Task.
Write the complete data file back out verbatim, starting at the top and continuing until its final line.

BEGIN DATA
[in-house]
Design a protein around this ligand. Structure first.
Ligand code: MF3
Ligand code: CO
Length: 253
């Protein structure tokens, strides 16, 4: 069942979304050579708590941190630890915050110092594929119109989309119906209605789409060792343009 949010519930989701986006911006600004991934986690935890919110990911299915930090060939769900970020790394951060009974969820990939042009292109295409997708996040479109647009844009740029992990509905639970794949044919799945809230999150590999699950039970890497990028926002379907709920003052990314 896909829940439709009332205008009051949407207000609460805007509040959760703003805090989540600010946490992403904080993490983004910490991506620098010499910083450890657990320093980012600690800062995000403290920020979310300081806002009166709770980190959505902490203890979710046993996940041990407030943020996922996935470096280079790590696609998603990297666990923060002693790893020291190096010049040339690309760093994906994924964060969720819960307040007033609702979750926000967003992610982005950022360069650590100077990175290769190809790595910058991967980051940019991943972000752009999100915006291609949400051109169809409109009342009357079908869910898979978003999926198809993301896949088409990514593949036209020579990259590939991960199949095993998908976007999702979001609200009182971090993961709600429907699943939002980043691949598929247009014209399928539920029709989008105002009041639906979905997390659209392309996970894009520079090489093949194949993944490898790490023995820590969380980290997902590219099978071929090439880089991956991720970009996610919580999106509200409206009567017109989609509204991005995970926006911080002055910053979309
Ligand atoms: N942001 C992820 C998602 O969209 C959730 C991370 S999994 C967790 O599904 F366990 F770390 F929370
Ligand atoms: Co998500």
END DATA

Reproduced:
[in-house]
Design a protein around this ligand. Structure first.
Ligand code: MF3
Ligand code: CO
Length: 253
């Protein structure tokens, strides 16, 4: 069942979304050579708590941190630890915050110092594929119109989309119906209605789409060792343009 949010519930989701986006911006600004991934986690935890919110990911299915930090060939769900970020790394951060009974969820990939042009292109295409997708996040479109647009844009740029992990509905639970794949044919799945809230999150590999699950039970890497990028926002379907709920003052990314 896909829940439709009332205008009051949407207000609460805007509040959760703003805090989540600010946490992403904080993490983004910490991506620098010499910083450890657990320093980012600690800062995000403290920020979310300081806002009166709770980190959505902490203890979710046993996940041990407030943020996922996935470096280079790590696609998603990297666990923060002693790893020291190096010049040339690309760093994906994924964060969720819960307040007033609702979750926000967003992610982005950022360069650590100077990175290769190809790595910058991967980051940019991943972000752009999100915006291609949400051109169809409109009342009357079908869910898979978003999926198809993301896949088409990514593949036209020579990259590939991960199949095993998908976007999702979001609200009182971090993961709600429907699943939002980043691949598929247009014209399928539920029709989008105002009041639906979905997390659209392309996970894009520079090489093949194949993944490898790490023995820590969380980290997902590219099978071929090439880089991956991720970009996610919580999106509200409206009567017109989609509204991005995970926006911080002055910053979309
Ligand atoms: N942001 C992820 C998602 O969209 C959730 C991370 S999994 C967790 O599904 F366990 F770390 F929370
Ligand atoms: Co998500």